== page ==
How to Make an Employee Tender Offer Less Taxing
There are many reasons for a private company to sponsor a share buyback, such as the ability to give employees some liquidity or bring more shares under company control. An employee tender offer can be the right tool for this. However, there are some circumstances in which a company-led tender offer can trigger a huge tax bill for everyone involved.
The critical issue is whether the IRS considers the payout from the offer to be compensation or capital gains.
The dollar difference can be huge. Compensation is subject to income tax, which currently has a top rate of 37 percent. Additionally, compensation is subject to FICA, which includes Social Security and Medicare taxes — now topping out at 7.645 percent. On the other hand, capital gains investments held for a year or more are taxed at just 20 percent with no FICA. That’s roughly half the tax rate of compensation.
One factor that will affect the tax treatment of a tender offer is whether shares exchanged in a secondary are considered insider transactions. Tender offers led by the company itself typically are. In order to preserve capital gains treatment in these cases, the price paid per share can’t exceed the current 409A valuation. The reason is that the company has already asserted that this amount is the fair market valuation of common stock. If it’s paying more than the fair market, that difference is considered compensation for tax purposes.
Here’s a simple example of why this rule is in place. Imagine a company that pays its CEO $1 per year but agrees to buy her used Toyota Corolla for $1 million. The IRS would see that as a clear attempt to circumvent taxes and treat the amount above the car’s fair market value as compensation.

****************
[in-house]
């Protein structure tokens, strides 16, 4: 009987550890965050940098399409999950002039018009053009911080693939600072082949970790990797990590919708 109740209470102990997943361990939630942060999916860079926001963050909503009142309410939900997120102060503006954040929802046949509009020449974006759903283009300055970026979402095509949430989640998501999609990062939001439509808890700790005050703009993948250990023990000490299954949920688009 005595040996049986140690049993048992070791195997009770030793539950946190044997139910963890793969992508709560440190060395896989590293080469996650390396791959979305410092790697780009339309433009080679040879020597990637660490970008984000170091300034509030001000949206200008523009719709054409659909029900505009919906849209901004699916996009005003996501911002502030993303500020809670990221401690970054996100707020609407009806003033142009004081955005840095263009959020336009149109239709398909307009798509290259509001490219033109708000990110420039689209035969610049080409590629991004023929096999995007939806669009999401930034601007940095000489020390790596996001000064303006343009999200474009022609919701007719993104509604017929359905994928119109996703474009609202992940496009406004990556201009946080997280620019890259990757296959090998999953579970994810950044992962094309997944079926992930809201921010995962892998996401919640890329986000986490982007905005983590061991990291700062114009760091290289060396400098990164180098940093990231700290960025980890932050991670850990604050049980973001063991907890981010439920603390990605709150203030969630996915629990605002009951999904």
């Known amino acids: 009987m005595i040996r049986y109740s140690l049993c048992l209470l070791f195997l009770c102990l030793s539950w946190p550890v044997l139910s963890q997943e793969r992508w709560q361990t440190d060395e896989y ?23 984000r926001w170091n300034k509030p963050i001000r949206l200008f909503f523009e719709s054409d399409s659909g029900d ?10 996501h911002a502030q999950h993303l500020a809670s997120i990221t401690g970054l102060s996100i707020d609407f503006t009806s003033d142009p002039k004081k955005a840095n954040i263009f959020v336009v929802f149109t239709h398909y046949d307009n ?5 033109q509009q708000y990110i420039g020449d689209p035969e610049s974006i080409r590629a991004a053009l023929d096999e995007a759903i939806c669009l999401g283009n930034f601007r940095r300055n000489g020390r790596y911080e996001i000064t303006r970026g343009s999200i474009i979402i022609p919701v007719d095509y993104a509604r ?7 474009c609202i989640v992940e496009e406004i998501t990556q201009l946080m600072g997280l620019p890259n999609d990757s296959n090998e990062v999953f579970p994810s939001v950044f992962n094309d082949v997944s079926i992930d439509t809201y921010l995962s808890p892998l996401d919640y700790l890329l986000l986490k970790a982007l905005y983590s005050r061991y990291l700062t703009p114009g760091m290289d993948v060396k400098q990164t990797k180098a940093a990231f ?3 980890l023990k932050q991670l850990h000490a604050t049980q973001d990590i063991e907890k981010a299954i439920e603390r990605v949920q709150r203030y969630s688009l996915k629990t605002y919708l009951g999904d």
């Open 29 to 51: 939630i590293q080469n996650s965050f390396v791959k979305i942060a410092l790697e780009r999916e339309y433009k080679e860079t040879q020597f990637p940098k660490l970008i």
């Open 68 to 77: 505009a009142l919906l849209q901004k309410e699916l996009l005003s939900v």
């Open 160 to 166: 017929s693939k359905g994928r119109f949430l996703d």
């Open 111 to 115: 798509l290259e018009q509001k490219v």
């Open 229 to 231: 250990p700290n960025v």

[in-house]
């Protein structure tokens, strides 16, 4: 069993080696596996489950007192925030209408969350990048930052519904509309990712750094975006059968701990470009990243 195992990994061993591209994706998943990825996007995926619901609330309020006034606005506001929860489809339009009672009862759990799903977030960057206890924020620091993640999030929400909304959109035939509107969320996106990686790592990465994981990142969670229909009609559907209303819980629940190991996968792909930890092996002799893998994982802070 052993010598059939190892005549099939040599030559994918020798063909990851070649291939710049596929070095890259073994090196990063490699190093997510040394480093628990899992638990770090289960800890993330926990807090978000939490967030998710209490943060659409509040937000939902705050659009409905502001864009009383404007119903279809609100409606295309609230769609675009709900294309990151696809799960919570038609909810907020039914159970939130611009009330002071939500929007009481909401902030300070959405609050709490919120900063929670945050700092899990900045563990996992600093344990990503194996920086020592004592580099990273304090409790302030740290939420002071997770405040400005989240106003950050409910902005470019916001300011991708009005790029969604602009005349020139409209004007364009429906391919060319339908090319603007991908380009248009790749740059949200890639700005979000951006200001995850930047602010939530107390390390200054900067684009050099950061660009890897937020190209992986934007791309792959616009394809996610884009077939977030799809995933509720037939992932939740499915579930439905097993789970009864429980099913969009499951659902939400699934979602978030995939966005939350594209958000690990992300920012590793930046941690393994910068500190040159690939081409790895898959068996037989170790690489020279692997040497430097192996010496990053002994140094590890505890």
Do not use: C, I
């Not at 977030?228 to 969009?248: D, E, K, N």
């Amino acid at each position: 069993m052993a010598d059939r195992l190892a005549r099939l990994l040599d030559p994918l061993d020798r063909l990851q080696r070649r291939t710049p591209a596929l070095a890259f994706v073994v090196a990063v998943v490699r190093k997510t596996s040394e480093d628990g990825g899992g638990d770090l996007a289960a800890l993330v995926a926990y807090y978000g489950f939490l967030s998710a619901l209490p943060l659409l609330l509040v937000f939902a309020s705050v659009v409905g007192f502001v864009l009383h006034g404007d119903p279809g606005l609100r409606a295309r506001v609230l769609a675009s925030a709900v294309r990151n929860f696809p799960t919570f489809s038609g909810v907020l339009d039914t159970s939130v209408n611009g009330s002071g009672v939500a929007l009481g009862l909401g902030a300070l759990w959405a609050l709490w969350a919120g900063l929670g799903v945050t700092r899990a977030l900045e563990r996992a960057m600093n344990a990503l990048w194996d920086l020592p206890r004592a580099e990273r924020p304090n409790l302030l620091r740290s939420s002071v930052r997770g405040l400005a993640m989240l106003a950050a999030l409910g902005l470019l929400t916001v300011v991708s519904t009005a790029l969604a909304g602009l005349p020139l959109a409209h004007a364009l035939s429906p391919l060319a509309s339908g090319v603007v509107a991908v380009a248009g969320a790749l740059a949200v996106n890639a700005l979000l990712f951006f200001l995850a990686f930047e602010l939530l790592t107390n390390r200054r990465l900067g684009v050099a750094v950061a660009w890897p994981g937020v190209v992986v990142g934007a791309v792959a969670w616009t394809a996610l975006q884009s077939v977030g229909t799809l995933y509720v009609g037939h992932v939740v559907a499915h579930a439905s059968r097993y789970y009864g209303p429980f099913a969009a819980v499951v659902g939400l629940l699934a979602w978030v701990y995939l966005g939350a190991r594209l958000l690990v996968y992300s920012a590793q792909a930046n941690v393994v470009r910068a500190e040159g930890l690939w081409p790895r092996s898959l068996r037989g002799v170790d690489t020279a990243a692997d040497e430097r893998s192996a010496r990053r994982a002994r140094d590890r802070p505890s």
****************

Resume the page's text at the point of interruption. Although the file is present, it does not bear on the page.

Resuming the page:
The gap between reported (409A valuation) and actual (price paid in a tender) value in a company-sponsored share buyback may not be as egregious, but the same legal principle applies.
While insiders can’t safely pay for shares for more than the 409A value, an outsider, on the other hand, can offer any price he wants. Consider a potential investor who doesn’t have board-level insight into a company’s financial situation about a company but likes what he sees from afar. He makes a per-share offer that’s higher than the 409A value, in part because he believes the share price will continue to go up. That’s a perfectly reasonable investment, according to the IRS. After all, people have different ways of deciding what’s valuable to them.
It’s a very different story if the new investor is a board member or already owns substantial company shares. His attempt to buy above the 409A could be treated as if it’s payment from the company, triggering those sky-high tax rates. How much more than the common stock price does a current investor have to pay before the IRS says he’s compensating employees? There’s no set answer.
In determining what is compensation and what’s a stock sale, consider who can sell into the tender pool. Current employees can, but how about former employees with vested options? Former investors? If all classes of shareholders are eligible for the offer, the sales look more like capital gains because everyone is treated the same.
It’s best to have a lawyer familiar with compensation law involved early in the process. That way, you can avoid making mistakes that come back to haunt you later.